Cookery’s musical chef in tune with black history

“This is anything but Mamma Mia!,” says Andrew Craig, the musical director of the hugely satisfying and successful musical, Cookin’ at The Cookery: The Music and Times of Alberta Hunter, wrote the Toronto Sun June 14. A York University music grad (BFA ’93) who has worked as a musician with Molly Johnson, Ashley MacIsaac and Snow, and was musical director for local productions of Wang Dang Doodle: The Harlem Musical and Adventures of a Black Girl in Search of God, Craig feels he isn’t dealing with pop culture, but with black culture, and with that come some responsibilities. He’s interested in how the black-culture music relates to the story. “This music is about messages, it always has been.” Craig says he fought hard to ensure that an all-black band would support Jackie Richardson as Alberta Hunter. “There’s an authenticity that comes from having black people playing this music, we have a lineage to this music.”

Sex therapy on call

There are few published studies of distance sex therapy, but one unpublished study, conducted nearly two years ago as part of a doctoral dissertation at York University, suggests that online therapy of various kinds may help some patients, reported the Washington Post June 15. Stephen Biggs (MA ’95), a former PhD candidate in clinical psychology, surveyed 44 people who said they had received therapy strictly over the Internet. Among these respondents, 16 percent said their therapy involved sexual issues; ages varied and women outnumbered men. Eighty per cent (35) said they found the therapy experience somewhat or very positive, but all said they would use online therapy again and “reported that the therapist was empathic,” he said. “It’s sort of funny,” said Biggs, “but people get this feeling of being cared for from this person they’ve never met.” Biggs acknowledged, however, that since the study was based on patient surveys and not observations, there was no way of knowing whether the clients actually benefited.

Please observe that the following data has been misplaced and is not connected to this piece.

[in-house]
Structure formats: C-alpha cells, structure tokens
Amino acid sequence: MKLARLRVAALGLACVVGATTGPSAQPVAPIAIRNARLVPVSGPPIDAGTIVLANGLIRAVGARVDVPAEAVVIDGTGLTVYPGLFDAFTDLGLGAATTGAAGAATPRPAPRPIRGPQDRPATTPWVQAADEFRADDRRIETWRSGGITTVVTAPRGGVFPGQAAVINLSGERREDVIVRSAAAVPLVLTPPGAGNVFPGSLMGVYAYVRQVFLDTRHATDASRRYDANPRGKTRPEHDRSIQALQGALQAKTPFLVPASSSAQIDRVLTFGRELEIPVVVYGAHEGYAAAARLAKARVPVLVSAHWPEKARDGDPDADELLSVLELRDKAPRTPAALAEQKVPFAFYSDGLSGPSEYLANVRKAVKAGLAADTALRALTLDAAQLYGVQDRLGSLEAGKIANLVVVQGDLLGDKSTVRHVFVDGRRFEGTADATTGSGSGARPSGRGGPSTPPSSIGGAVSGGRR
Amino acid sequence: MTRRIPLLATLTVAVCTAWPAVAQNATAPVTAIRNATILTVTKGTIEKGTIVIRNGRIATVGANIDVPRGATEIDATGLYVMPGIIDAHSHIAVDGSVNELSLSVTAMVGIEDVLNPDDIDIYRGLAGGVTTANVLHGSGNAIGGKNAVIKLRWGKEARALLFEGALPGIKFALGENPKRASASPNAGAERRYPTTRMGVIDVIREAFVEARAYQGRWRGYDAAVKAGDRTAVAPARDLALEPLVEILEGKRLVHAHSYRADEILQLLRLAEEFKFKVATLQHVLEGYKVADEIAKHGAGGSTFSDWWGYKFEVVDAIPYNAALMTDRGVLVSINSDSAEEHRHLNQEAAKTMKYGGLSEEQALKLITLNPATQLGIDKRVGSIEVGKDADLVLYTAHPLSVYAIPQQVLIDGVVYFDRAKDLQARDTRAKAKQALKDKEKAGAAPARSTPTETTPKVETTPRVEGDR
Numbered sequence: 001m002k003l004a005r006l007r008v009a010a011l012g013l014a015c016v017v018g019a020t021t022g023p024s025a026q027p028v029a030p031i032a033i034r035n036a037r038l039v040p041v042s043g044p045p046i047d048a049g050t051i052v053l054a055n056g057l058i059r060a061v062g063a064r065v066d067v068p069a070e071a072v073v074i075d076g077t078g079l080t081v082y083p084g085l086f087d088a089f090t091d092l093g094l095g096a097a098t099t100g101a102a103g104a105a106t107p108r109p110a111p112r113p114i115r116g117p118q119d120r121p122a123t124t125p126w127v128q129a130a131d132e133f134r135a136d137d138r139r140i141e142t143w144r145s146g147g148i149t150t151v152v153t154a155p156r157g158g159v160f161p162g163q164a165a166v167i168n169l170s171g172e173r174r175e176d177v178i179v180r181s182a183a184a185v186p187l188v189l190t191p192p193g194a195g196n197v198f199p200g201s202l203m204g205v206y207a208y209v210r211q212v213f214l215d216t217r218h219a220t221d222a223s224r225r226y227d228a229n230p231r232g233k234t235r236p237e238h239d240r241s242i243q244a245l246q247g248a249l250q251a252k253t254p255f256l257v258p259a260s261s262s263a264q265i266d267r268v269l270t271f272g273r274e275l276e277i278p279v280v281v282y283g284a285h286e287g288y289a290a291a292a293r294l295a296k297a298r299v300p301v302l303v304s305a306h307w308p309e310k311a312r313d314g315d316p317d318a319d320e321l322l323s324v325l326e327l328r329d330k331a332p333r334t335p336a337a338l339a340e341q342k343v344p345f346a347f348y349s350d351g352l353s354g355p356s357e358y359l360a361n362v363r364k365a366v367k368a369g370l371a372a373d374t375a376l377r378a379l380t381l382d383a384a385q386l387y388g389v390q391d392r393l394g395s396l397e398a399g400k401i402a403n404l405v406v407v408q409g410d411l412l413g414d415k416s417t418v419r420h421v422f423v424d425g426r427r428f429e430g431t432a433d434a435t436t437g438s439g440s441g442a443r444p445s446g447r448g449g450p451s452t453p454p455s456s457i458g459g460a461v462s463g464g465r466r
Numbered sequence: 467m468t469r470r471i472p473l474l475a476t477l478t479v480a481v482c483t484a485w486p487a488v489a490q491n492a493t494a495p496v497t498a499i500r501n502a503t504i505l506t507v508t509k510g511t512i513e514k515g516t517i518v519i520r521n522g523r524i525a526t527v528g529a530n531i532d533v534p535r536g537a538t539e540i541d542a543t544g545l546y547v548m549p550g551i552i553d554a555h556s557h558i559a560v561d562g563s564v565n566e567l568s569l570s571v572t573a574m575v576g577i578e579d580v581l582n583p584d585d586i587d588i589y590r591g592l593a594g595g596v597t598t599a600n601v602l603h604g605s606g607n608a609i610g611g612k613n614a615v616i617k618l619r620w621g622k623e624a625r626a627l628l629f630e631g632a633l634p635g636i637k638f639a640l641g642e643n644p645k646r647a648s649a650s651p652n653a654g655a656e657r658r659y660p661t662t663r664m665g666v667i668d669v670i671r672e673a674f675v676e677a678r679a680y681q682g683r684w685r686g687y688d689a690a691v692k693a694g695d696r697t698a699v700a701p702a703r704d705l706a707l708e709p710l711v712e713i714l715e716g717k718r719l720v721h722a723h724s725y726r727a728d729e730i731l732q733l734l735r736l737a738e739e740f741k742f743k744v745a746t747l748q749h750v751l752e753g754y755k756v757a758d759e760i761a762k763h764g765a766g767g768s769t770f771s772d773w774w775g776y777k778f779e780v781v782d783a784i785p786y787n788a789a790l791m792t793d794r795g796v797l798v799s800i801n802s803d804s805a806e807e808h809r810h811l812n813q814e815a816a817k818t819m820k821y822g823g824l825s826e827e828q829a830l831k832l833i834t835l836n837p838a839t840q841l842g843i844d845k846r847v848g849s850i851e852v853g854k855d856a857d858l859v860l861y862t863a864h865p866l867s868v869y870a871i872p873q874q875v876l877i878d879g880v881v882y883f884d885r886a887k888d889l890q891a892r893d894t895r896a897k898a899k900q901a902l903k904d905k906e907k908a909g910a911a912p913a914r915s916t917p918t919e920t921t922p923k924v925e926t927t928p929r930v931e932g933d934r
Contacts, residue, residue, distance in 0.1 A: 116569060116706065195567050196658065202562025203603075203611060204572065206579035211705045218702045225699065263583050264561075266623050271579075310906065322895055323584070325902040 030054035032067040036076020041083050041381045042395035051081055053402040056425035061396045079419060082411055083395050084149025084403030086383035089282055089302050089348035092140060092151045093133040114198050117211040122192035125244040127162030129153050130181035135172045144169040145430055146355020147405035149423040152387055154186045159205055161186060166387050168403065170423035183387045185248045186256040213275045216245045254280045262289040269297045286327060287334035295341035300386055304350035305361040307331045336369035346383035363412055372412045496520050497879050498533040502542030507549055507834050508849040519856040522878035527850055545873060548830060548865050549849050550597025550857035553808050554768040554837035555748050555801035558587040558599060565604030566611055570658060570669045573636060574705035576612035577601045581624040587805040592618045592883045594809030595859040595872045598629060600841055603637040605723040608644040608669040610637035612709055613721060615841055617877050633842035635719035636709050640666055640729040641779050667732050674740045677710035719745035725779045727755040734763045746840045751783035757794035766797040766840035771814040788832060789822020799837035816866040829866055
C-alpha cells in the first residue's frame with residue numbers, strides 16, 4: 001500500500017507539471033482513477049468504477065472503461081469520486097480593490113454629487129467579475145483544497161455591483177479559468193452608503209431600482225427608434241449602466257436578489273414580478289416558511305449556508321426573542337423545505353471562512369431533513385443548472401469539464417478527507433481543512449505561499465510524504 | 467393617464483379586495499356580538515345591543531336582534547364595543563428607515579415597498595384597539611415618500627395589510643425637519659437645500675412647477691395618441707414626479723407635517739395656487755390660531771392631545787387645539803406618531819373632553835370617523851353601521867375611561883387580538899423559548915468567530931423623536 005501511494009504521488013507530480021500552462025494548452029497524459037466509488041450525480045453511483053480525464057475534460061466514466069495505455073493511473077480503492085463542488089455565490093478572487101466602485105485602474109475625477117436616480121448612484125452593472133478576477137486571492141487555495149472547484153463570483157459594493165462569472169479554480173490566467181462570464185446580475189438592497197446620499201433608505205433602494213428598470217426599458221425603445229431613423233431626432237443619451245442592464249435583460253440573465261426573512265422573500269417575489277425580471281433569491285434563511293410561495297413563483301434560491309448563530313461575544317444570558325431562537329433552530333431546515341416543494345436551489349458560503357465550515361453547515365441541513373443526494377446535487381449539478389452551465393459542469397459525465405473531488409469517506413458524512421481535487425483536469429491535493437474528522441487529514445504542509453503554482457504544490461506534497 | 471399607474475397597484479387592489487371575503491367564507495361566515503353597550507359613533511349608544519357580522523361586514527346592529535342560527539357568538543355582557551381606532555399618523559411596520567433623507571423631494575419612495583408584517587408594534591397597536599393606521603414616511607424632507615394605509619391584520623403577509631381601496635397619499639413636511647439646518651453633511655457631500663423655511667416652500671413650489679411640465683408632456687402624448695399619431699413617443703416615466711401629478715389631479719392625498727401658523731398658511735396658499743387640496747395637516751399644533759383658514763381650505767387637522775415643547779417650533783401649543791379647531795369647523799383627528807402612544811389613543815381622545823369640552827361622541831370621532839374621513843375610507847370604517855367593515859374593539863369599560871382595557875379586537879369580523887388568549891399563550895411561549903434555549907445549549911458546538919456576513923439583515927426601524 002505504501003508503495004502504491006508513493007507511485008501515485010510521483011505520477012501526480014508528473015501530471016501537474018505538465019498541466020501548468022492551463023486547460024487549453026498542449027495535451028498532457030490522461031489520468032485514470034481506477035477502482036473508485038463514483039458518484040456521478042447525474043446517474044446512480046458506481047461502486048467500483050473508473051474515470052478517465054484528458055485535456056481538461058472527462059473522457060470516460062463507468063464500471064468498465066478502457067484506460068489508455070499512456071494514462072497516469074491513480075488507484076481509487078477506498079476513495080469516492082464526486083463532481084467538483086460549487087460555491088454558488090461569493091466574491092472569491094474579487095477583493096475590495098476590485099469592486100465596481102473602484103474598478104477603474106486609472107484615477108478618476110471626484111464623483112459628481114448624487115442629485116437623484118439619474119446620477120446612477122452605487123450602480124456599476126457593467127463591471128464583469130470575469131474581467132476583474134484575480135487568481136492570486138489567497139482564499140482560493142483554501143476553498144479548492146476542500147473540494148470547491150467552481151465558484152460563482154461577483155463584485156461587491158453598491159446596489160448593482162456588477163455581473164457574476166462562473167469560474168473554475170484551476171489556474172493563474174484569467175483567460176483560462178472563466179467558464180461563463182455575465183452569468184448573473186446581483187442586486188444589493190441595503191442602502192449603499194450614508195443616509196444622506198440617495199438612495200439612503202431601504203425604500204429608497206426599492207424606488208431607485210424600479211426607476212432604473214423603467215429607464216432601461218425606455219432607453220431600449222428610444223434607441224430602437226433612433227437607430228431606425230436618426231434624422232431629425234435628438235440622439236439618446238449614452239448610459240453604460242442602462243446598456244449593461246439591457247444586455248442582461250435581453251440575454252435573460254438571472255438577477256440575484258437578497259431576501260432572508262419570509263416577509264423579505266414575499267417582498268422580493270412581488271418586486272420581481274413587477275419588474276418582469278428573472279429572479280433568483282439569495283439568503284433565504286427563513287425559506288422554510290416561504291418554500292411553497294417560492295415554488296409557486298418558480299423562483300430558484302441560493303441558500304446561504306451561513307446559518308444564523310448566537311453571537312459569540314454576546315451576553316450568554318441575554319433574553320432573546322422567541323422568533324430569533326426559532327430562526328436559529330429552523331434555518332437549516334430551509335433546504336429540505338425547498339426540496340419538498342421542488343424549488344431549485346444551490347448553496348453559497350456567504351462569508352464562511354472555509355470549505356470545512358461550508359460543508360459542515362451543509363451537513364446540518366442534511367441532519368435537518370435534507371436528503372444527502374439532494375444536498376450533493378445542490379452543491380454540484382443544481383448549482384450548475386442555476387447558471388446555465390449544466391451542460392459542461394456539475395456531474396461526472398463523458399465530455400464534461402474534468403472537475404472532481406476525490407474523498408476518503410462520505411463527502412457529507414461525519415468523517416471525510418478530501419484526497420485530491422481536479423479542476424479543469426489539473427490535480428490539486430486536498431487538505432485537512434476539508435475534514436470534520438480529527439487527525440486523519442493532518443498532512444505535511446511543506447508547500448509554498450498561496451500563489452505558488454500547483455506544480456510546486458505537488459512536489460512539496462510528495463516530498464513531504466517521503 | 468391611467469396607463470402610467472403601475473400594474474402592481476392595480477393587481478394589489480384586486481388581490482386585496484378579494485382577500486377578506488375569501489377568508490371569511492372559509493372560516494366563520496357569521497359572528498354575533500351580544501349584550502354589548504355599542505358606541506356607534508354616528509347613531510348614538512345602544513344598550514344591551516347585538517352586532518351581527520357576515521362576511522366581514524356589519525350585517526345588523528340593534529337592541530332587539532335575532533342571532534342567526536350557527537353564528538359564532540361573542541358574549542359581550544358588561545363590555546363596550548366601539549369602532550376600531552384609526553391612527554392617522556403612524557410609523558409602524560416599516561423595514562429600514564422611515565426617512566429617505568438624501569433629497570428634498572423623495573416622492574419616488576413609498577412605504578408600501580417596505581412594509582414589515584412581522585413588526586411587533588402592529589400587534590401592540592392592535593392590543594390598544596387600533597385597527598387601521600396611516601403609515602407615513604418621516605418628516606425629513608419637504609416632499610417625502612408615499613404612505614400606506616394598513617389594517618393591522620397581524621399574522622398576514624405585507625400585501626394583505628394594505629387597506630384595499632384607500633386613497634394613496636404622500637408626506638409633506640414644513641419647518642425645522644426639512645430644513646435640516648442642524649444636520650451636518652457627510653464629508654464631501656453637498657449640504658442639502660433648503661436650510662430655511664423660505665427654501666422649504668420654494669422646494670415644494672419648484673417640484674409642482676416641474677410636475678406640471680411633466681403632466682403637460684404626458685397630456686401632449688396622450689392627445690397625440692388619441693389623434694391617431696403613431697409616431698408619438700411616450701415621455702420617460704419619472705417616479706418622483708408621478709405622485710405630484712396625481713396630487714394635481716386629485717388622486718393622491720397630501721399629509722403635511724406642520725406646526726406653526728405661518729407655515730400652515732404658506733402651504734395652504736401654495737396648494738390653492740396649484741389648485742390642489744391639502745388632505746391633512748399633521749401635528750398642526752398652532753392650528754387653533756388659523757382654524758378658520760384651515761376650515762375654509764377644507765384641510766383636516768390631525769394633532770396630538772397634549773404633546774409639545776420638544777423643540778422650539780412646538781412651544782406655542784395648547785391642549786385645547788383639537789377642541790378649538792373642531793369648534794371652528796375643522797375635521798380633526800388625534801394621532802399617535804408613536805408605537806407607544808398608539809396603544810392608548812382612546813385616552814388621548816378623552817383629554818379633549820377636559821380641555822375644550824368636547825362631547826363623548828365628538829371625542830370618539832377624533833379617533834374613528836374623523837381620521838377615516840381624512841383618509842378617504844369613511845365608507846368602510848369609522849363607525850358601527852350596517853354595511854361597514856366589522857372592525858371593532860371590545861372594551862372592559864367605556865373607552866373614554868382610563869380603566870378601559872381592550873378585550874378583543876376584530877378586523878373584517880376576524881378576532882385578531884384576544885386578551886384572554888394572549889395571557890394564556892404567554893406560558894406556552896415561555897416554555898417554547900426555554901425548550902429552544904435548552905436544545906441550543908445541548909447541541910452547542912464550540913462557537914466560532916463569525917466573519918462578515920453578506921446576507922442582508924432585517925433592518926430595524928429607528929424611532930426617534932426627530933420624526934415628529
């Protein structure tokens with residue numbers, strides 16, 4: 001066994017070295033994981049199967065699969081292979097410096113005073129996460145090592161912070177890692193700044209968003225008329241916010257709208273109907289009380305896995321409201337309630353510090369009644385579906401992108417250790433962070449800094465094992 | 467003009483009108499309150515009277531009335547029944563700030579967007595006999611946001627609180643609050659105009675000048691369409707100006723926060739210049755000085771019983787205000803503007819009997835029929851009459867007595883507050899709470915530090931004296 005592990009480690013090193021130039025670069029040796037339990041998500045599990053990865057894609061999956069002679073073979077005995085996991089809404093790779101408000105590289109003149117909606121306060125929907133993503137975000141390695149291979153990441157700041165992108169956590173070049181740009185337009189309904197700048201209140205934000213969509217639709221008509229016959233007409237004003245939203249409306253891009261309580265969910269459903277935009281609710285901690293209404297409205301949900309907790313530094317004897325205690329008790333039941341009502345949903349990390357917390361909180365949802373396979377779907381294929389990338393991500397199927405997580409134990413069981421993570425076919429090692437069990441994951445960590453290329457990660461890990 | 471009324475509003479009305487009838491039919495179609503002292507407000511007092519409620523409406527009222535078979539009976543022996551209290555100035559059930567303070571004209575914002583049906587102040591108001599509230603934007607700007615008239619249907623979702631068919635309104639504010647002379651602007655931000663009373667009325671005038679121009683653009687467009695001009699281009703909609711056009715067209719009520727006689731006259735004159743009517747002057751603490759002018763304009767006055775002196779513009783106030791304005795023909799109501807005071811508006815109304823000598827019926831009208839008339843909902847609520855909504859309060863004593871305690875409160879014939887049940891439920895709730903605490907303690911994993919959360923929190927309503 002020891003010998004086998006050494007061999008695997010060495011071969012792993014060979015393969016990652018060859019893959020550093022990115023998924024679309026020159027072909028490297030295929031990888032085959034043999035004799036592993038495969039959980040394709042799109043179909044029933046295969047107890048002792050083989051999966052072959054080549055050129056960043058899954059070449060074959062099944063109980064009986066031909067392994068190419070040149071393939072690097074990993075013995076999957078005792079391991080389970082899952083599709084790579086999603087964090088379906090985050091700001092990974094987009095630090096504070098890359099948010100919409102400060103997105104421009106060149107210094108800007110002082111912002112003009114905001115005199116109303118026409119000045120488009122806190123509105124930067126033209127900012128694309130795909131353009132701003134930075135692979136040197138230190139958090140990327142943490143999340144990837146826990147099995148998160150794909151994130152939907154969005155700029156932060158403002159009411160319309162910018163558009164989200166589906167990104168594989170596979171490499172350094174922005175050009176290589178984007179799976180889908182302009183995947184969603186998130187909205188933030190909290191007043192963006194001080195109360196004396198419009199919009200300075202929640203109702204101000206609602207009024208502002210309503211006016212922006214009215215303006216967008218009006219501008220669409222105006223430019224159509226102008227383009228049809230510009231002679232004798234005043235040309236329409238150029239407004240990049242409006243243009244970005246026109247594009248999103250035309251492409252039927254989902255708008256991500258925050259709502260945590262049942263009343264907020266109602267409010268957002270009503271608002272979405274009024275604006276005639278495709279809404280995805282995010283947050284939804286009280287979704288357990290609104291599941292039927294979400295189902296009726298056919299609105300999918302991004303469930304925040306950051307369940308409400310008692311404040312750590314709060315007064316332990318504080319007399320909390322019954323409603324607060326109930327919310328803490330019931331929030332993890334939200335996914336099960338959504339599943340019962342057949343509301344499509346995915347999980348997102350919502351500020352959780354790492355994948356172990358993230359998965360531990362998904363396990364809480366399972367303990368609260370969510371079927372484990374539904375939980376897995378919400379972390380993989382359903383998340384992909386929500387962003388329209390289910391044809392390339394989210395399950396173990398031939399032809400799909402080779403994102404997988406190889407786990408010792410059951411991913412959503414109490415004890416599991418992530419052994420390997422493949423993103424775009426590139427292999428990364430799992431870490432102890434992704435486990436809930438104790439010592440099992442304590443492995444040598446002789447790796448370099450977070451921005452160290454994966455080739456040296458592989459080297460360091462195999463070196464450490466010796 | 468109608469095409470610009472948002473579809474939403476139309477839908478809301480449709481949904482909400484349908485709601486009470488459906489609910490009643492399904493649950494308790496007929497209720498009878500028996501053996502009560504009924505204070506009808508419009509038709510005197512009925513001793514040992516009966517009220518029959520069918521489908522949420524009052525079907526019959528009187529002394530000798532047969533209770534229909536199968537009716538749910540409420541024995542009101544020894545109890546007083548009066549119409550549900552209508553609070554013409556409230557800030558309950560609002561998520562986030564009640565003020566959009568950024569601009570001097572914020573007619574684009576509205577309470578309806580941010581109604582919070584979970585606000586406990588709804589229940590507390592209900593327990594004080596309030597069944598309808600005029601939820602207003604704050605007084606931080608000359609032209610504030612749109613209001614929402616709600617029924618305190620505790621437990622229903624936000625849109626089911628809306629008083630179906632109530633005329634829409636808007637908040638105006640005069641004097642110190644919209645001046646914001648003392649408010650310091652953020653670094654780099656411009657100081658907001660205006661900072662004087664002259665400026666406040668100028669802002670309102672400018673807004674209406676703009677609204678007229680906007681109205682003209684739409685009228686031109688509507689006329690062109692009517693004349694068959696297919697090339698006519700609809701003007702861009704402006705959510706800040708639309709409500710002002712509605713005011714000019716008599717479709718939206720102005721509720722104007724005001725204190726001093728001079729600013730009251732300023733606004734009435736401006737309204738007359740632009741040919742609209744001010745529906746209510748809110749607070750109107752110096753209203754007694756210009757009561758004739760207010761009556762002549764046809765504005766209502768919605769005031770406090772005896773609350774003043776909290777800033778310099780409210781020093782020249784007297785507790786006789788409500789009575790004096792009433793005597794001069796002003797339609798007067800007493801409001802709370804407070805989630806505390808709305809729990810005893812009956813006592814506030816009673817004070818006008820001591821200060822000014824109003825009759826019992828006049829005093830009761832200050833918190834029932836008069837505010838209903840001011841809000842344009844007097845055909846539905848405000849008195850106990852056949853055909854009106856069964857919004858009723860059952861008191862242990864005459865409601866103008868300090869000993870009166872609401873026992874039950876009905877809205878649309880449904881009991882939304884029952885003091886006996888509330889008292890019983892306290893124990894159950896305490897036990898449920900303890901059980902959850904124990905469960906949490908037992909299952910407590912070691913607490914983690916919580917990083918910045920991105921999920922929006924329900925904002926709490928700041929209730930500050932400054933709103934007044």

Tutoring doesn’t always work

Reading Recovery, an intensive, one-on-one tutoring program is considered by literacy experts to be a struggling Grade 1 student’s best chance of catching up before it’s too late, reported the Toronto Star June 14. But the program’s tight time frame could be one of its weaknesses, says Sharon Murphy, a professor in York University’s Faculty of Education. She worries about the 20 to 30 per cent of students who are “discontinued” from Reading Recovery because they aren’t succeeding quickly enough within the 12 to 20 weeks. “When a child is discontinued the experts are saying that we know this child cannot succeed with these strategies,” said Murphy. There’s a temptation to look at the success of a program like Reading Recovery as the whole answer, when it will never be more than part of the solution for some children, she said. “The full answer is to think that every child is a whole complicated set of entanglements you have to work out.”

Ban on corporate donations a ‘leap forward’